THanks for the source. I was a big fan of that work when it first came out, but I think that time has revealed some flaws in the logic. I'm going back a decade or more, but the idea that we can compare gelatin performance and then look at empirical data from a limited number of known round performances to predict street performance in the future hasn't stood up to the test of time. Furthermore, I think that taking that data and using it to predict the number of shots we may need is a bit flawed as well. What percentage chance of NOT stopping the bad guy is too high?
...ballistics tests that indicate even a .380 with 70gr. Glaser ammo will provide one shot stops 75% of the time...
Assuming that number came from the same source, unless I am very wrong, it represents one of two things:
A. A VERY small empirical sample
B. A hypothetical percentage based on gelatin tests.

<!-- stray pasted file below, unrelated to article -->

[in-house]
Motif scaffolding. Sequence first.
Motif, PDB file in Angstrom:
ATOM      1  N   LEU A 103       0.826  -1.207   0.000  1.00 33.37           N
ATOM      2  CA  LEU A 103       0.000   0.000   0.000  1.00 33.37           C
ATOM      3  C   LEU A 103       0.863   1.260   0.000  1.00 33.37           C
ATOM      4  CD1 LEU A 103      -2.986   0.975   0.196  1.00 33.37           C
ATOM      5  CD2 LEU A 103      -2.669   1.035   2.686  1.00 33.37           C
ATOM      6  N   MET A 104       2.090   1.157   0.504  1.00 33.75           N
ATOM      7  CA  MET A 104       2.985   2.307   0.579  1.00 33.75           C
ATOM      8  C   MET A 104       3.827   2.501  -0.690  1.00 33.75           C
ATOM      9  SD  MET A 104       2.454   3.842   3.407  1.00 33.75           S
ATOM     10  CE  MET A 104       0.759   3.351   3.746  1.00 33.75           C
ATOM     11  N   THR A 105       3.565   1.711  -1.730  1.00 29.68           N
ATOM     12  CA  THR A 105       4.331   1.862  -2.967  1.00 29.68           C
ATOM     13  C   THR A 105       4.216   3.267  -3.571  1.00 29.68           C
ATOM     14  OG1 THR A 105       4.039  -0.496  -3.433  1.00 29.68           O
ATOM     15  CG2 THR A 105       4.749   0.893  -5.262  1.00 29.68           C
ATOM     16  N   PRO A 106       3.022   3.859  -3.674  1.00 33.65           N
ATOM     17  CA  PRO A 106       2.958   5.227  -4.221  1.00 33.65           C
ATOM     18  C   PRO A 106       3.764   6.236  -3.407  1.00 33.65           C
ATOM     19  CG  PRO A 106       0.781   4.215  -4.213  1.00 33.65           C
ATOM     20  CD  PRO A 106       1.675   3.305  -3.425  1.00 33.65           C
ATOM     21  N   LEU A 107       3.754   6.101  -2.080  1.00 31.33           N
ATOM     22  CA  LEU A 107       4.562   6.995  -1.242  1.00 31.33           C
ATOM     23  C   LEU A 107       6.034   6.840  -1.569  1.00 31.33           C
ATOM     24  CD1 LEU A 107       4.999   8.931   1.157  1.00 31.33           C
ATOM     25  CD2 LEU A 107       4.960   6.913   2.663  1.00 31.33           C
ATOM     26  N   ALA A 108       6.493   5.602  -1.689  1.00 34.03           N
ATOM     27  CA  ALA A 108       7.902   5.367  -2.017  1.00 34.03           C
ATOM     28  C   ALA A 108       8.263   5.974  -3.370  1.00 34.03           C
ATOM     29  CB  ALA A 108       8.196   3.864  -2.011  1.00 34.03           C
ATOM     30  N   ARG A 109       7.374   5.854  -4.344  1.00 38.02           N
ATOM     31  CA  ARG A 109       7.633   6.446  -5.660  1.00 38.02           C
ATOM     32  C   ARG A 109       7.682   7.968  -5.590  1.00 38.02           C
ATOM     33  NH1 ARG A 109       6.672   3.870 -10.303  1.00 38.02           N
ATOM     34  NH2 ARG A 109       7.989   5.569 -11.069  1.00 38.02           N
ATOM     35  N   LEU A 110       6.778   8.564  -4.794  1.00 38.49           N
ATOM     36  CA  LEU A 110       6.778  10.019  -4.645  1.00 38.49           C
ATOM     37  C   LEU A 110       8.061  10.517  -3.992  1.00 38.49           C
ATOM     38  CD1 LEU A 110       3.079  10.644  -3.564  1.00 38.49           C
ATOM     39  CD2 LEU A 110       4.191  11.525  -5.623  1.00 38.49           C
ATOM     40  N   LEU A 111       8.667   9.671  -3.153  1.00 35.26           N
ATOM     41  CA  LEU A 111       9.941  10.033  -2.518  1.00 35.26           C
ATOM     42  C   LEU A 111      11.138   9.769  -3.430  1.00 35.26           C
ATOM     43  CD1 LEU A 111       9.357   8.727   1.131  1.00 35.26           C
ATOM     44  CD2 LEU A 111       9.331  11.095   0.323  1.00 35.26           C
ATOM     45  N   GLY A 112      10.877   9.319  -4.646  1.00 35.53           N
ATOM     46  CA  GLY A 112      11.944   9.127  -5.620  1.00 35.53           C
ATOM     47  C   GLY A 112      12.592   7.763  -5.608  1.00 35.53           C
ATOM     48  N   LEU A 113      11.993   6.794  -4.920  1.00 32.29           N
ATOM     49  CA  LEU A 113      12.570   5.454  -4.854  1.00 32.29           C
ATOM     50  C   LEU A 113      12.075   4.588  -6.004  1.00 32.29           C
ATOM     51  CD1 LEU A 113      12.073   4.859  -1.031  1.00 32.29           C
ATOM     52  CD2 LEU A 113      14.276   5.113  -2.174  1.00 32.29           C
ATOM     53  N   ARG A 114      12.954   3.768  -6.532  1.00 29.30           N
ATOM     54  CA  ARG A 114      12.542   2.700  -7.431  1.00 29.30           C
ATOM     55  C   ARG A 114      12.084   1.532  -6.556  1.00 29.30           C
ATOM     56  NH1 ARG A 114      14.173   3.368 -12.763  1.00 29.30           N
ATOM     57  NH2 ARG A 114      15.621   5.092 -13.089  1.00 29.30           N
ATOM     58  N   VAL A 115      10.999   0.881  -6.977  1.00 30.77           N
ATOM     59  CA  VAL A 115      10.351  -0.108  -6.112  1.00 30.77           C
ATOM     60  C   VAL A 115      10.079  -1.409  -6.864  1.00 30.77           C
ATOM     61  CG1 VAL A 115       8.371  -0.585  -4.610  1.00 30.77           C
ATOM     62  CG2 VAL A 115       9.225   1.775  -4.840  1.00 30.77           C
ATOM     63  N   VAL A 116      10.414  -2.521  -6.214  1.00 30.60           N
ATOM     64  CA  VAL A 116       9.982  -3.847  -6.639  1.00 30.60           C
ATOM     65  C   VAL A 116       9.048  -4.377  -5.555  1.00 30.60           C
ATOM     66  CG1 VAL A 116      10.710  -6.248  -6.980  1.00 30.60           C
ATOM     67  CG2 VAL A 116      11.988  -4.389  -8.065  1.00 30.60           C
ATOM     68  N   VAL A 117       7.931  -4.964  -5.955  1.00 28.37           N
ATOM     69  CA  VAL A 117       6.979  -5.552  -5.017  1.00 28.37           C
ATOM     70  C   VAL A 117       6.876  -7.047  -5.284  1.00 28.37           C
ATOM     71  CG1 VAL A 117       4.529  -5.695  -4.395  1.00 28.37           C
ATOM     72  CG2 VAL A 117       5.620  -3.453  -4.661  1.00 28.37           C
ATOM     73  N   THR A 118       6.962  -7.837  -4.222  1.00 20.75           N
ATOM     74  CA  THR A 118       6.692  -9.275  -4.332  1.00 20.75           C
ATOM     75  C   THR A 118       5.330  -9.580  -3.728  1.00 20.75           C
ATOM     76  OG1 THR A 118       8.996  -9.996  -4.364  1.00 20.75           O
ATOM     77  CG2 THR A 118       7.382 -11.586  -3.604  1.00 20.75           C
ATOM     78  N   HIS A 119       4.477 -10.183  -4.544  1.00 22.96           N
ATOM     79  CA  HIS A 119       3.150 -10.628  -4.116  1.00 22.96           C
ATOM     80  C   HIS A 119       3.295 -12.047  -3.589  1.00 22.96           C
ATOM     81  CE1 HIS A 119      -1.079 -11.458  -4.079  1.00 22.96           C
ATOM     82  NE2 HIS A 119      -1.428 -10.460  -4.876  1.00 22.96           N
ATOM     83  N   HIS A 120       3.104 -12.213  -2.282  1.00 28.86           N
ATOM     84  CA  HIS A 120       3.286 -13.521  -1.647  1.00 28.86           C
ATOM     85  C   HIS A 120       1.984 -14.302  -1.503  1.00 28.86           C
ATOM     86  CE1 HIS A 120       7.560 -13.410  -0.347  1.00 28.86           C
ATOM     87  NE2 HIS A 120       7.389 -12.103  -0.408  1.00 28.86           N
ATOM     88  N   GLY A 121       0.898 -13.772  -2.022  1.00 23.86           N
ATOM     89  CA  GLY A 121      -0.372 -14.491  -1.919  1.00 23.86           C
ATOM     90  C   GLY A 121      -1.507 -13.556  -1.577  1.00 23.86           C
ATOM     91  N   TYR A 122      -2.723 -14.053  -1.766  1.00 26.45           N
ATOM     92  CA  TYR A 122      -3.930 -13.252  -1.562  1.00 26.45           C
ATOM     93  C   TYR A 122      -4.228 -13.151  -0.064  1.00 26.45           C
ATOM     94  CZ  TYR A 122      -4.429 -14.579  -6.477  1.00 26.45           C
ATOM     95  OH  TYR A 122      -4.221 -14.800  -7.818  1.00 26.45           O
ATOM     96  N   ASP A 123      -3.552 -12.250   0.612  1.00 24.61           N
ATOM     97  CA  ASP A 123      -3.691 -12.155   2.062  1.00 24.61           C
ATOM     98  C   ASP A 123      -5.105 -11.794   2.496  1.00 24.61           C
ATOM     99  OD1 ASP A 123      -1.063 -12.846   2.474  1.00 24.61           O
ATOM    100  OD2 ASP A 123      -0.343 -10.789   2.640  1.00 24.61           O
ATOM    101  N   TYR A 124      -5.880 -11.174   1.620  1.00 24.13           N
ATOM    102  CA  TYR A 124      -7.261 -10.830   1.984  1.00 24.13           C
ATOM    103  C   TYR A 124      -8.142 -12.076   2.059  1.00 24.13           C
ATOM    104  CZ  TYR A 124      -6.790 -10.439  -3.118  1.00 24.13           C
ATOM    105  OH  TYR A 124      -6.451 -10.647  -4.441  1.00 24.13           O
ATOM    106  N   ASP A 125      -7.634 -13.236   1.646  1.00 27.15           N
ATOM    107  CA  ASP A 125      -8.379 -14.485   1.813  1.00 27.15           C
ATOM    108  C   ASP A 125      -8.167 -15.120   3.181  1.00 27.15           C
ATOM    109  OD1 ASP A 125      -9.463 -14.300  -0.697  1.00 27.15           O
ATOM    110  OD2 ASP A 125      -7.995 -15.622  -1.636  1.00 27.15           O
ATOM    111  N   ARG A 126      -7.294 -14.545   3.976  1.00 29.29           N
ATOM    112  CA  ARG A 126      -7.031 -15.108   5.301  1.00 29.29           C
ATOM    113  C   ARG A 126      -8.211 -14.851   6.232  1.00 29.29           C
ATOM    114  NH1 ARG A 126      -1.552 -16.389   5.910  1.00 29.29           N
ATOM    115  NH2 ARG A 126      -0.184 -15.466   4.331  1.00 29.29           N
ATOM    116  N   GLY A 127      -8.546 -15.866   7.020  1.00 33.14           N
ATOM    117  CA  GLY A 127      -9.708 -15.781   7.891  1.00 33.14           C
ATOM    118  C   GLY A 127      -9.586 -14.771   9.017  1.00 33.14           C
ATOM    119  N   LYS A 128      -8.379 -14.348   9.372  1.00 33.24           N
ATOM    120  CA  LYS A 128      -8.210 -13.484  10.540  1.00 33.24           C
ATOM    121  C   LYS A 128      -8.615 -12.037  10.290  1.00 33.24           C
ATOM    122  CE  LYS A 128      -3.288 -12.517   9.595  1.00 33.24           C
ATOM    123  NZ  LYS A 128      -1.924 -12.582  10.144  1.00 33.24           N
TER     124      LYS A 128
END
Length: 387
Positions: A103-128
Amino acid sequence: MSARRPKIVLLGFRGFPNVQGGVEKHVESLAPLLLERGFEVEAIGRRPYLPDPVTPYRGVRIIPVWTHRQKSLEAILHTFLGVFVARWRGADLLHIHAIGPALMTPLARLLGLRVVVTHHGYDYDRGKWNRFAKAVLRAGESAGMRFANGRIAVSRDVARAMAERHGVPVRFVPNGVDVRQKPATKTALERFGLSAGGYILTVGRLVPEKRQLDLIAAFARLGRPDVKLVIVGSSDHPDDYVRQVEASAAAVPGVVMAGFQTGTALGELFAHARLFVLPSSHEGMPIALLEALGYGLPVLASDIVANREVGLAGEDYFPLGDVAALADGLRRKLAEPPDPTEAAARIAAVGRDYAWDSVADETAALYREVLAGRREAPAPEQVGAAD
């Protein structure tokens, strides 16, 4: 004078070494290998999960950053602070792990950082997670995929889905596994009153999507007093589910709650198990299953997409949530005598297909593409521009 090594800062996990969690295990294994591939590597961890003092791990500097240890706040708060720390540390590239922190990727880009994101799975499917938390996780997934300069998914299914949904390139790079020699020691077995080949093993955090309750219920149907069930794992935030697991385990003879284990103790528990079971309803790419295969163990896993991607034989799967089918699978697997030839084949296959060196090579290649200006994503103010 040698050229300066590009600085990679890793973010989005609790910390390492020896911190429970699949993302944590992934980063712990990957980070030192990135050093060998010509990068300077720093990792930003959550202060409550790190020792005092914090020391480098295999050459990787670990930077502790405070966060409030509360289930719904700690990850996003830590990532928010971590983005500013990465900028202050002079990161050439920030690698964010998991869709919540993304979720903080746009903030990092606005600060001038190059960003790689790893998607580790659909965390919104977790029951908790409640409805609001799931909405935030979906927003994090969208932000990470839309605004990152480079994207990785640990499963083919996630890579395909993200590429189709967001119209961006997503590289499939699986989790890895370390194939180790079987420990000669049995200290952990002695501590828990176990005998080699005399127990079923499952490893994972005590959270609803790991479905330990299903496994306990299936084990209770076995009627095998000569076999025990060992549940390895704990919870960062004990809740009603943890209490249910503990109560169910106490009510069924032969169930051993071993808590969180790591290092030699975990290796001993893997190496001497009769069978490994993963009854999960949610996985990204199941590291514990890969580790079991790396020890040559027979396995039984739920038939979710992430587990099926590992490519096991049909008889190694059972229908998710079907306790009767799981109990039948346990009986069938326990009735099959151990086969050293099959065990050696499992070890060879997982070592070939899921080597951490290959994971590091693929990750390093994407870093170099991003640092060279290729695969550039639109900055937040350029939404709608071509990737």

Your conclusion that 2 shots of that round should be enough still leaves you with over a 6% statistical chance of failure, if the number is right to begin with (75% stops of the leftover 25% of failures from the first shot....). That's too high for me..... even if it weren't a guess.
I still think that any attempt to predict how many shots you will fire is futile and borderline reckless. Any training to shoot a magic pattern (which is a circus trick at best... try 2 Body, 1 head consistently in realistic force-on-force and let me know how it works out.) is in an even more delusional state.
Picture this: "I had more bullets, but I stopped shooting and then the bad guy killed me/my wife/my kid/my partner while I was figuring out what to do next."
"Multiple shots into the high center chest (when available, which it usually is) until you have recognized that the threat has ceased"
with whatever gun/ammo you've got, will continue to be what I recommend to students and what I plan for myself.